Regular communication of dentist with diabetologist is a critical component of safely treating patients with diabetes.Communication must be bidirectional, diabetologist must be apprised of oral manifestations of the disease and dentists must be updated on glycemic control to help them maintain a patient's oral health.7,10

Diabetologist should be well aware of the signs and symptoms of periodontitis and other oral manifestations, making a prompt diagnosis of the condition, as periodontitis can also lead to poor control of diabetes.6

Treating patients with diabetes also represents an opportunity to expand a dentist's referral base. Physicians who treat children and adults with diabetes could be a good referral source of patients whose oral health care needs may not be satisfied adequately.1,3,9-11

Most forms of dental therapy should not interfere with the medical control of diabetes. However, dentoalveolar surgery, orofacial infections and the stress of dental procedures can increase serum glucose levels and metabolic insulin requirements. Therefore, dentists must consider modifying medical therapy in consultation with the patient's diabetologist.


On the basis of the available data, it can be concluded that practicing dentists and dental hygienists can have a significant positive effect on the oral and general health of patients with diabetes mellitus. Although many aspects of this new component of dental practice need to be developed, it is an opportunity, the profession should embrace.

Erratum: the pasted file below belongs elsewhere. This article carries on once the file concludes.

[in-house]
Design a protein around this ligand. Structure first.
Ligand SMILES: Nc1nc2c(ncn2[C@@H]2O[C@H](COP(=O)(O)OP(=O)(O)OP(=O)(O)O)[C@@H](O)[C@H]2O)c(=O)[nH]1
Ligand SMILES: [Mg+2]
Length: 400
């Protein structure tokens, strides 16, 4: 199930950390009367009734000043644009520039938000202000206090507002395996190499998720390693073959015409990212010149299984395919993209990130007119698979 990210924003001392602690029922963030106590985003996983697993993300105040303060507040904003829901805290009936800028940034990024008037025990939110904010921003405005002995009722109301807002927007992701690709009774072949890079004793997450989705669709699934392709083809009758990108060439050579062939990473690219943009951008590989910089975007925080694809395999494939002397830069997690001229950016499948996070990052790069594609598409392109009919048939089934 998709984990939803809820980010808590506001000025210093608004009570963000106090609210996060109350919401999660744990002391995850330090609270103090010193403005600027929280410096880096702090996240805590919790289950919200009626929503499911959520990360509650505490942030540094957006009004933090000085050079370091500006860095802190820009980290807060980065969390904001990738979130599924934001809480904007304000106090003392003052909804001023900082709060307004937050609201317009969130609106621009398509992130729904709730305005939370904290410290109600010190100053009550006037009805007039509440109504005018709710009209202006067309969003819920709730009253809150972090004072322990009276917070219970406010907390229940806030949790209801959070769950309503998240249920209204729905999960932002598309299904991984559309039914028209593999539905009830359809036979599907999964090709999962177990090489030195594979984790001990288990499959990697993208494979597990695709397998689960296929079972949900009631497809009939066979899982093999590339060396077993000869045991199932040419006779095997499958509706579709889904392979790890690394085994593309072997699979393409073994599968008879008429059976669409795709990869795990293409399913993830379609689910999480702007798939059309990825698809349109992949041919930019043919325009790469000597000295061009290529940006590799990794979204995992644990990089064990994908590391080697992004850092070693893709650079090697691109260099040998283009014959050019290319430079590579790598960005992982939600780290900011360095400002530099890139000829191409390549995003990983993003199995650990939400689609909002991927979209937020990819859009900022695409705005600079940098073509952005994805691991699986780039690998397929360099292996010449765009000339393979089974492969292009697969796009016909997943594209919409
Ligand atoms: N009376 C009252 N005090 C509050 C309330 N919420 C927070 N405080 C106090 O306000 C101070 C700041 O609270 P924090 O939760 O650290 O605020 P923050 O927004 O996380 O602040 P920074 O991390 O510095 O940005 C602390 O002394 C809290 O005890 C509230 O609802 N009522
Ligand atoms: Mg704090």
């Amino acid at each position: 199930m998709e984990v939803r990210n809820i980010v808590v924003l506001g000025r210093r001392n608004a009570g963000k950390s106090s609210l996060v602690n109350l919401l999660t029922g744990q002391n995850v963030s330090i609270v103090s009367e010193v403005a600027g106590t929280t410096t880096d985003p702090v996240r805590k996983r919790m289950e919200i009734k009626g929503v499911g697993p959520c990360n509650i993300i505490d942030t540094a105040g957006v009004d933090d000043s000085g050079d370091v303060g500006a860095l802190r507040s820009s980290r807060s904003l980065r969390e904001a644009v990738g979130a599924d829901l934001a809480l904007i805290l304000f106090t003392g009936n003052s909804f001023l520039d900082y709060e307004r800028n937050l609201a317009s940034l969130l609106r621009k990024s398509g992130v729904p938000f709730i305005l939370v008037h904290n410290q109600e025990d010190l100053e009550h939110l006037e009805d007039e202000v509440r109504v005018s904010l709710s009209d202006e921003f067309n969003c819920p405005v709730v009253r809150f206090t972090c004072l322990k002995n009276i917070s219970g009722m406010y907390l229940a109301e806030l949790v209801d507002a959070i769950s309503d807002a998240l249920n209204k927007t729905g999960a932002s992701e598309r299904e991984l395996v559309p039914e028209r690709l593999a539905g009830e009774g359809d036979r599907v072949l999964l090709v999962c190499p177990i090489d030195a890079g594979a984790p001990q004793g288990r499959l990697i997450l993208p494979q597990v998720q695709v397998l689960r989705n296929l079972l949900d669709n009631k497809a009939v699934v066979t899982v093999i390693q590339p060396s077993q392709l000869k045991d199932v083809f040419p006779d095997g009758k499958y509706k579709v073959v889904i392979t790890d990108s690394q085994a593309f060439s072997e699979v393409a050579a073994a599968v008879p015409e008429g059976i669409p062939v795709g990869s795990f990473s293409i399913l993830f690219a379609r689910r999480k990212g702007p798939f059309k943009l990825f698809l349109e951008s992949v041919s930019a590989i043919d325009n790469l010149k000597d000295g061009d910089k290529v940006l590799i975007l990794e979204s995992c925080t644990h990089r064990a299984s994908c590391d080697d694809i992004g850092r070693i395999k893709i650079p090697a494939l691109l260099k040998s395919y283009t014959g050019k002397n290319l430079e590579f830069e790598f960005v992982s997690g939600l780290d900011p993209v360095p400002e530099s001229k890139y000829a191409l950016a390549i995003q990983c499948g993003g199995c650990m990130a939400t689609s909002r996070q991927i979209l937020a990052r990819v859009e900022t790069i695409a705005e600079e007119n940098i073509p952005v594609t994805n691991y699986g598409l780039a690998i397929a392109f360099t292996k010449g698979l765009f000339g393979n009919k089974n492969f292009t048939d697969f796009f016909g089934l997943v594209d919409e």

Prevention and management of oral complications, especially periodontal disease, in patients with diabetes is important due to their possible adverse effect on glycaemic control. Promotion of a healthy oral cavity in patients with diabetes is paramount.


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2 World Health Organization Global Prevalence of Diabetes: Estimates for the Year 2000 and Projections for 2030. Geneva: World Health Organization; 2009.

3 Saadi H, Carruthers SG, Nagelkerke N, Al-Maskari F, Afandi B, Reed R, et al. Prevalence of diabetes mellitus and its complications in a population-based sample in Al Ain, United Arab Emirates. Diabetes Res Clin Pract. 2007;78:369-77.

4 Baldwin E. Oral health. Lancet. 2009;373:628-9.

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9 Teeuw WJ, Gerdes VEA, Loos BG. Effect of periodontal treatment on glycemic control of diabetic patients: A systemic review and meta-analysis. Diabetes Care. 2008;33:421-27.

10 Lamster IB, Lalla E, Borgnakke WS, Taylor GW. The relationship between oral health and diabetes mellitus. J Am Dent Assoc. 2008;139:19-24.

11 Saini R, Al-Maweri SA, Saini D, Ismail NM, Ismail AR. Oral mucosal lesions in non oral habit diabetic patients and association of diabetes mellitus with oral precancerous lesions. Diabetes Res Clin Pract. 2010;89:320-26.

12 Preshaw PM. Periodontal disease and diabetes. J Dent. 2009;37:575-77.

1 Senior Registrar FCPS-II,Operative Department, AFID, Rawalpindi

2 Senior Registrar FCPS-II, Department of Medicine, MH, Rawalpindi

3 Associate Professor of Medicine, MH, Rawalpindi

4 Senior Registrar FCPS-II ,Operative Department, AFID, Rawalpindi Correspondence: Dr Abid Ullah Khan, House 38, Lane 3, Askari 10, Rawalpindi. Phone 03335145344,03215518922,
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Publication:Pakistan Oral and Dental Journal
Date:Aug 31, 2012